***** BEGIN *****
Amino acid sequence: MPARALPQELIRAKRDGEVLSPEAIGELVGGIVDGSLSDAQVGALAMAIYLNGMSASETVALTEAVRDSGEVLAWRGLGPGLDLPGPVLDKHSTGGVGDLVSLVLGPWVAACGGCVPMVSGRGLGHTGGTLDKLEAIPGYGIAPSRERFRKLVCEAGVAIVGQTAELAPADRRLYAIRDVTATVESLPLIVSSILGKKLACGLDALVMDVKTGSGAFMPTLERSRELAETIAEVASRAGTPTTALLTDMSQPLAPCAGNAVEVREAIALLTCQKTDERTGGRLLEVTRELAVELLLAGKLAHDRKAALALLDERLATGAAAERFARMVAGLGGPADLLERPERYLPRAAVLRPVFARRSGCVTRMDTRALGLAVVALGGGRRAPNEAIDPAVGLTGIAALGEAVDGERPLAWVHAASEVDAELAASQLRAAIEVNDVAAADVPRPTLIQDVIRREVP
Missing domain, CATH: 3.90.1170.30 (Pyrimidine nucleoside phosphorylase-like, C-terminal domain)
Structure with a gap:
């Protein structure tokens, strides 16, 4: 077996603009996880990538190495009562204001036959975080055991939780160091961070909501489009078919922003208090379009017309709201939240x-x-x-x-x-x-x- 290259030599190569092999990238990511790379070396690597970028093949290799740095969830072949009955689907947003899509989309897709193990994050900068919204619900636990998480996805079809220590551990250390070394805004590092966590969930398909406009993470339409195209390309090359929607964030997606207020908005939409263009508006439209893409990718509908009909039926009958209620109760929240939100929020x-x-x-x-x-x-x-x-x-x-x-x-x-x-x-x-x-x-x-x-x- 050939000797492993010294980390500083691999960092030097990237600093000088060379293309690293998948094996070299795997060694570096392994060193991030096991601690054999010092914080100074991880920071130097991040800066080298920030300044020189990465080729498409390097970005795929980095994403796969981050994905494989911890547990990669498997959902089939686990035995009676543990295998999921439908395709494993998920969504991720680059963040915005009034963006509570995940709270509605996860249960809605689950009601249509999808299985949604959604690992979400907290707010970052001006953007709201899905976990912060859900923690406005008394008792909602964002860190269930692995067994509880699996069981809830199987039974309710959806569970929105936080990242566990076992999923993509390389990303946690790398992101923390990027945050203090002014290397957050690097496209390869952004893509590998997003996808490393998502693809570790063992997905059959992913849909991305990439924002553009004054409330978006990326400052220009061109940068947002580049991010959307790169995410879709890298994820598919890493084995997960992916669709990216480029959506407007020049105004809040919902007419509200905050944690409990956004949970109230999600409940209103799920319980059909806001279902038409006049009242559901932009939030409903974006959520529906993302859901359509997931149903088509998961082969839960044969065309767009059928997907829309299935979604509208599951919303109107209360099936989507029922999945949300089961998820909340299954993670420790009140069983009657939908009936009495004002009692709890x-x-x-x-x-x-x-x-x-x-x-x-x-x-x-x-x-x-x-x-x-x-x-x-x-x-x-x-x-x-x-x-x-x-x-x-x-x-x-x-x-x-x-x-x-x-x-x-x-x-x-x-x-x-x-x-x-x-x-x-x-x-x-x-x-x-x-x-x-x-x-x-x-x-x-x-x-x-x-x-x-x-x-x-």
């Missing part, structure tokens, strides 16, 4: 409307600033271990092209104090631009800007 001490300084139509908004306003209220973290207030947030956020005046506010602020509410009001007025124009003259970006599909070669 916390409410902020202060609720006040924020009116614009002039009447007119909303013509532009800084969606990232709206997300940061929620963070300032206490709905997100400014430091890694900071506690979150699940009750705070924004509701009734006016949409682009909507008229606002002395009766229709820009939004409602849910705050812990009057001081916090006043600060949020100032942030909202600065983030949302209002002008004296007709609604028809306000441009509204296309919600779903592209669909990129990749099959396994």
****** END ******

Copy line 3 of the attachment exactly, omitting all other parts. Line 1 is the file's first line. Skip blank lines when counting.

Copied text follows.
Structure with a gap: